News / Africa

Nigerians Prepare for Nationwide Elections on April 2

Men take a rest under a bridge pasted with election posters in Lagos, Nigeria, March 30, 2011
Men take a rest under a bridge pasted with election posters in Lagos, Nigeria, March 30, 2011

Electoral officials and security forces in Nigeria are preparing for nationwide voting Saturday.  This is to be the first of three elections this month to choose new lawmakers, governors, and a president for Africa's most populous nation.

Electoral commission chairman Attahiru Jega says authorities are well-positioned to conduct a vote that he says will go a long way to satisfy the hope of Nigerians for free, fair, and credible elections.

"We have prepared adequately in terms of logistics preparations, in terms of the training of our staff, and in terms of affective liaisons with the security agencies in order to provide security before, during, and after elections," said Jega.

Security is a big concern as there have been a series of bombings at campaign events with separate militant groups in the north and in the south threatening to disrupt the vote.  As a result Nigeria has shut its land borders and authorities will also restrict the movement of vehicles while voters cast ballots.

"There are tremendous concerns about the level of violence that has been brought into the election process thus far," added Jega.  "We believe that this violence has to be de-escalated and there is absolute need for everybody to preach peace, to work toward peace, to ensure that there are no conflicts, and to ensure that there is no violent conduct on election day."

Hafiz Ringim is the Inspector General of Nigerian Police. He says security officers and the military are out in force across the country.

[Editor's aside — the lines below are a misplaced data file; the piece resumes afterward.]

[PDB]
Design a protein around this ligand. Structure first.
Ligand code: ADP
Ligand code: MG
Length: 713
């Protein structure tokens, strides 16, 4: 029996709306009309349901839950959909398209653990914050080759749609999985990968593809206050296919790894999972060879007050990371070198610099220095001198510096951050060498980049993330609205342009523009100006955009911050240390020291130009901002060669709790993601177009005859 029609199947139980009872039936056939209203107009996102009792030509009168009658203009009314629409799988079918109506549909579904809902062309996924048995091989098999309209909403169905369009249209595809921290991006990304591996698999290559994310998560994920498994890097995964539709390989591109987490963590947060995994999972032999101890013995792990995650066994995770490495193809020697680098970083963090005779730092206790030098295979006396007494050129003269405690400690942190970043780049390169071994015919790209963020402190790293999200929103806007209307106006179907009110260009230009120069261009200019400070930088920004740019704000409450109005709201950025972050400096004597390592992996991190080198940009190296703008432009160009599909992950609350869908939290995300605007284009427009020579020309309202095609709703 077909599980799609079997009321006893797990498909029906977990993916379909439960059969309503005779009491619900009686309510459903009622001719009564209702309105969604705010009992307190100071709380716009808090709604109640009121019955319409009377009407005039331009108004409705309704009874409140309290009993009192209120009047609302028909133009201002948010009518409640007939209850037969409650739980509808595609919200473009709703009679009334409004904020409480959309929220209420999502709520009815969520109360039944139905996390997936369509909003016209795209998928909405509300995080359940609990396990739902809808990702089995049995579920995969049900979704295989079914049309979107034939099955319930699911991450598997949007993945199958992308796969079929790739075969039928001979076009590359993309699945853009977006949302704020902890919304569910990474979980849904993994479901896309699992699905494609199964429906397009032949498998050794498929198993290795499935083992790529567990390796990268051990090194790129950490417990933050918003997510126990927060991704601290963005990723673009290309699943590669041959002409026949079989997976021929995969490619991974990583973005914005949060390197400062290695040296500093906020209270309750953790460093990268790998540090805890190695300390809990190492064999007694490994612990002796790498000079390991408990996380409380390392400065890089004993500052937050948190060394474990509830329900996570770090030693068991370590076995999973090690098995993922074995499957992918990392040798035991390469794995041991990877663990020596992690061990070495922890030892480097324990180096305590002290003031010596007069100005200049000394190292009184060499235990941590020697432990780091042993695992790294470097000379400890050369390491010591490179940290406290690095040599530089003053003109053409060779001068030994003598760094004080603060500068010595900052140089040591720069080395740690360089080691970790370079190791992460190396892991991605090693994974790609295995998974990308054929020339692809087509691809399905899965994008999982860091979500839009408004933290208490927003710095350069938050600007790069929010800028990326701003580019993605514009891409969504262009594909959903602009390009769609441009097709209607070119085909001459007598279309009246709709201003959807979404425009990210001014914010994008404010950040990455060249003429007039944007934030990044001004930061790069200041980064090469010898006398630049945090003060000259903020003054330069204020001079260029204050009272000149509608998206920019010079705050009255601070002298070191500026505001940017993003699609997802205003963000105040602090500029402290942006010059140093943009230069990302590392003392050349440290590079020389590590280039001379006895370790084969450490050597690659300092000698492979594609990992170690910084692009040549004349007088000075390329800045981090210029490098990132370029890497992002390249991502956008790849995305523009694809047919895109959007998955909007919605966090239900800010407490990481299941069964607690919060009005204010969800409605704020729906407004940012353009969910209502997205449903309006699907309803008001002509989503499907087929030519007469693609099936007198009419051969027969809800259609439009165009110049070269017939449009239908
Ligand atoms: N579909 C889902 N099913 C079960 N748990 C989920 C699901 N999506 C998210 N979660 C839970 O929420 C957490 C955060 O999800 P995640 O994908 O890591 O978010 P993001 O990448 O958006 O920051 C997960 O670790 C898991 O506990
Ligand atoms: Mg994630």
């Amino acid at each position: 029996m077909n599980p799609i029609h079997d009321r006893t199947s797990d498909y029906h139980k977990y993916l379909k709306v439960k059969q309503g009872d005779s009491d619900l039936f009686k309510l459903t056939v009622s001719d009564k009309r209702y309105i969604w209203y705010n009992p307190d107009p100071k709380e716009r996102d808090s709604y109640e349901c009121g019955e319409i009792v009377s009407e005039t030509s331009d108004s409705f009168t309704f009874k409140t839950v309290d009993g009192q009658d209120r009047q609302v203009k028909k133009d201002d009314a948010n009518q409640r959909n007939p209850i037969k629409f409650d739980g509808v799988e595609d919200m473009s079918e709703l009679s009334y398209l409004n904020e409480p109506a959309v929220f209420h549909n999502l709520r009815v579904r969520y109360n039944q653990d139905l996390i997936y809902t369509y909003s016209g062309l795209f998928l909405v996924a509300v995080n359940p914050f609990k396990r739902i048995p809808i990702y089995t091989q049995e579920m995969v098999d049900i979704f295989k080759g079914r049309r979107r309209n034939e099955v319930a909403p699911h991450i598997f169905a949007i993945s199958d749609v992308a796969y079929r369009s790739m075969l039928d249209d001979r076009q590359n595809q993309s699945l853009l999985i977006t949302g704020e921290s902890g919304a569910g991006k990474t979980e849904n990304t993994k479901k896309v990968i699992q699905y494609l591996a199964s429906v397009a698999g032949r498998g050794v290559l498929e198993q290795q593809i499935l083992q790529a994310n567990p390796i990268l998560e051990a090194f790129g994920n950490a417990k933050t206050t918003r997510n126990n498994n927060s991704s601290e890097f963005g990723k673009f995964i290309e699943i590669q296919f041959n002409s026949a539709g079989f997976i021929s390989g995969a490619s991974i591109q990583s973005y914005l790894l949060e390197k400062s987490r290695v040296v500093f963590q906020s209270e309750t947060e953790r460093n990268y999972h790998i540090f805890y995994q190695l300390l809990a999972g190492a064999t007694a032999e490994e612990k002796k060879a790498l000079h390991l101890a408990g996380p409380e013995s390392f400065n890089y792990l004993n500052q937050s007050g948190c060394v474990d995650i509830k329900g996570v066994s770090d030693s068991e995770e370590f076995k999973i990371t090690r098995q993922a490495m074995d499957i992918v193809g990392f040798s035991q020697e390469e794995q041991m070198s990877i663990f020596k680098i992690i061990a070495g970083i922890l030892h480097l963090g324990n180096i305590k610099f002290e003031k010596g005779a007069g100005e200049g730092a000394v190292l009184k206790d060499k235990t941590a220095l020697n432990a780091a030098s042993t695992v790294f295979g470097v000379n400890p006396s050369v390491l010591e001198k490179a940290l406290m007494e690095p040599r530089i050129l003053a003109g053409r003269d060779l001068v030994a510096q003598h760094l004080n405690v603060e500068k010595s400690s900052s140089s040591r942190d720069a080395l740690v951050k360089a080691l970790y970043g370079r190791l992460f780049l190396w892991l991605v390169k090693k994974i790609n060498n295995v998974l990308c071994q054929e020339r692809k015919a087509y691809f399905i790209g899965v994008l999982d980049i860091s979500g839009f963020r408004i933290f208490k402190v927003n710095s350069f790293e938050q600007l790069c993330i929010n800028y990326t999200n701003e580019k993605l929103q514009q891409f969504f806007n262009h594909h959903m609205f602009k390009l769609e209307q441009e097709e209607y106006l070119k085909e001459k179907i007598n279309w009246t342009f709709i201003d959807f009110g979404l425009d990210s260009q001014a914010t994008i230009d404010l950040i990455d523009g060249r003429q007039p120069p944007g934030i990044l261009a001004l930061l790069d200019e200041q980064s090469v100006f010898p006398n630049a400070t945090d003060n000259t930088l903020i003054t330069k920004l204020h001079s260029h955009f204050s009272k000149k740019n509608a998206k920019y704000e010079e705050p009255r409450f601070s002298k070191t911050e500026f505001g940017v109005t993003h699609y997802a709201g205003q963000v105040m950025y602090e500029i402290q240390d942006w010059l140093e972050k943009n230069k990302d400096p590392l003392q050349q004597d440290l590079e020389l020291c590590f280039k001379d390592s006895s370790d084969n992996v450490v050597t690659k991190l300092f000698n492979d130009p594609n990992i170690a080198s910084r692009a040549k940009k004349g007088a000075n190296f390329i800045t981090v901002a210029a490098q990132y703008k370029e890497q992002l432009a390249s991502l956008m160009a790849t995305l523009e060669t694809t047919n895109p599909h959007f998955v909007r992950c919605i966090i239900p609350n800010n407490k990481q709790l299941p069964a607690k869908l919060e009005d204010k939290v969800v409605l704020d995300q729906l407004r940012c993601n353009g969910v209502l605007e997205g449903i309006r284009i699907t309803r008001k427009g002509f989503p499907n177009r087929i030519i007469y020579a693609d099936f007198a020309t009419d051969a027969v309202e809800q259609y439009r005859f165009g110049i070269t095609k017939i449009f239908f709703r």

"This is with a view to ensuring that no stone is left unturned, no chances or opportunities are allowed thugs, rogues, and vagabonds in order to make proper effort to disrupt the election exercises," added Ringim.

President Goodluck Jonathan says his government is working to ensure a peaceful vote.

"We have noted issues of violence even in the campaigns," said Jonathan.  "But that has opened the eyes of the security agencies, and they are working around the clock, and they will ensure that elections are not disrupted."

Voter Sunday Okoro says the money and time Nigerians have invested in this vote should not be wasted by violence.

"We are fully ready to defend our vote," said Okoro.  "We are fully ready to elect our credible leaders. We are fully ready to partake in this election. The money spent so far cannot be a waste again."

Voter Comfort Enemegu says the electoral commission has done a good job educating voters about the process and discouraging them from selling their votes.

"The party you wish to vote for is the party you will cast your vote for. It is one man, one vote now. They are all aware. I have my voter's card. I am very much prepared," Enemegu explained.

Saturday's vote for lawmakers will be followed by presidential elections April 9 and gubernatorial elections on April 16.

Nigeria's ruling People's Democratic Party (PDP) is hoping to retain its hold on the presidency and parliament.

Mr. Jonathan is seeking his first full term after rising to power last year following the death of predecessor Umaru Yar'Adua.  His run was opposed by some PDP members who accuse him of breaking an informal rule to rotate the presidential nomination between Muslims from the north and Christians from the south.

Mr. Jonathan is a Christian, while Mr. Yar'Adua was a Muslim. President Yar'Adua died just three years into what was expected to be a two-term, eight-year presidency.

Nigeria's population of 140 million, the largest in Africa, is split roughly evenly between Muslims and Christians.

You May Like

Changing Under Pressure, IS ‘Potent’ as Ever

US intel officials describe Ramadi's fall as concerning, but say it isn't emblematic of larger effort to degrade IS capabilities More

Nigeria Fuel Shortage Shows Fragility of Africa’s Oil Giant

Although it is the largest oil producer in Africa, country has nearly ran out of fuel it needs to power its generators, cars and airplanes over the past week More

Arrested Football Officials Come Mainly From the Americas

US Justice Department alleges defendants participated in 24-year scheme to enrich themselves through corruption of international soccer More

This forum has been closed.
Comments
     
There are no comments in this forum. Be first and add one

Featured Videos

Your JavaScript is turned off or you have an old version of Adobe's Flash Player. Get the latest Flash player.
3D Printer Makes Replica of Iconic Sports Cari
|| 0:00:00
...    
🔇
X
George Putic
May 27, 2015 9:31 PM